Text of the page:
[…] China has enjoyed a similar kind of consideration from the RN. Over five years and dozens of votes, Bardella and his colleagues have only voted in favor of one resolution against it, on January 17. It concerned Beijing’s growing influence over the EU’s “critical infrastructure.” They never lent their support to texts expressing concern, for example, about forced labor and the situation of the Uyghurs (abstention on December 17, 2020); violations of fundamental freedoms in Hong Kong (votes in opposition on January 20, 2022); or the abduction of Tibetan children and “forced assimilation practices” (abstention on December 14, 2023). [Source]

These contrarian political orientations may be strengthened by the gains of far-right parties across Europe. Shortly before the E.U. elections, Kara Němečková and Ivana Karásková published a report for the Prague-based organization Association for International Affairs, “From the Fringes to the Forefront: How Extreme Parties in the European Parliament Can Shape EU-China Relations.” Here are some of the report’s main takeaways:

The analysis of voting behaviours from 2019 to March 2024 within the European Parliament’s [far-right] Identity and Democracy (ID) and Left groups reveals a consistent pattern of opposition to resolutions addressing foreign interference and EU-China relations, demonstrating a shared scepticism towards mainstream EU stances on China. 

The motivations behind these voting patterns vary among national parties within each group, reflecting deep divisions and diverse perspectives that influence EU parliamentary decisions on foreign policy and international relations. 

Far-right parties within the ID group, despite shared characteristics like euroscepticism and nationalism, exhibit varied opinions on economic policies and security measures, influencing decentralised voting behaviours on China-related issues.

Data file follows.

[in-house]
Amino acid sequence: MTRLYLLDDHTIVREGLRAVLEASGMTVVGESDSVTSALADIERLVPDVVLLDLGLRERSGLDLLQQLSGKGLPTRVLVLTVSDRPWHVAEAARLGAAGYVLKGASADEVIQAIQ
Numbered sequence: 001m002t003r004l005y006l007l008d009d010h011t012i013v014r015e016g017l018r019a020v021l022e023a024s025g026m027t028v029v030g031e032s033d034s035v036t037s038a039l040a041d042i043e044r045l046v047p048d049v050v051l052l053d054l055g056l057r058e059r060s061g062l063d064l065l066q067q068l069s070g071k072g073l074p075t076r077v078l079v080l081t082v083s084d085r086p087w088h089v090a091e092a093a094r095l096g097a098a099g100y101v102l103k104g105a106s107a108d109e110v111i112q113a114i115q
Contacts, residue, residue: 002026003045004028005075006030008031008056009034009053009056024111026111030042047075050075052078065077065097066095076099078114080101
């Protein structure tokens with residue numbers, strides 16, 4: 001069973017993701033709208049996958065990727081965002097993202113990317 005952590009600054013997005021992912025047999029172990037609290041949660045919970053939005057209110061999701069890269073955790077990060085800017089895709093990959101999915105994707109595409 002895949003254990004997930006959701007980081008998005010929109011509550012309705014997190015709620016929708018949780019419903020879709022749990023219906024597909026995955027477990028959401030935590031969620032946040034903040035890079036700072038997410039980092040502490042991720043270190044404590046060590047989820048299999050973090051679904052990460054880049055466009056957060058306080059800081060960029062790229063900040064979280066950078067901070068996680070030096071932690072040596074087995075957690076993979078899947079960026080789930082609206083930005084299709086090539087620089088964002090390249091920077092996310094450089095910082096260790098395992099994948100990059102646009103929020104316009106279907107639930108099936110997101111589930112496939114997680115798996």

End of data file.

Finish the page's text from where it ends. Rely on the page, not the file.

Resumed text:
[…] The anticipated gains for both far-right and far-left wings in the European Parliament are likely to favour more China-friendly votes, potentially softening rhetoric and reducing support for more assertive stances against China. [Source]

In Politico’s China Watcher newsletter, Stuart Lau shared Chinese reactions to the far-right victories across Europe

A few senior Chinese scholars and advisors to the government do not seem convinced the far-right trend would be a welcome in Beijing. “The rise of the right wing means that the EU will speed up with its de-risking strategy and reduce dependency on China,” said Zhao Ke, head of Russia and Europe at the Central Party School of the Communist Party. “With the EU adopting the geopolitical lens to look at its relationship with the world, this creates challenges to China-EU relations.”

In the same interview, published on Chinese web media The Paper, another senior scholar echoed that view. “The EU could take an even more conservative view on the economic policy with China,” said Ding Chun, the lead Europe scholar at Fudan University in Shanghai.

Another China-EU scholar at Fudan, Yan Shaohua, takes a more nuanced view, saying that while the far-right groups will promote a “narrow-minded protectionist policy in trade,” there’s also “a lack of unity on the China agenda” among the different far-right parties. “The right-wing populist parties are also relatively pragmatic, and not so ideological,” Yan said. [Source]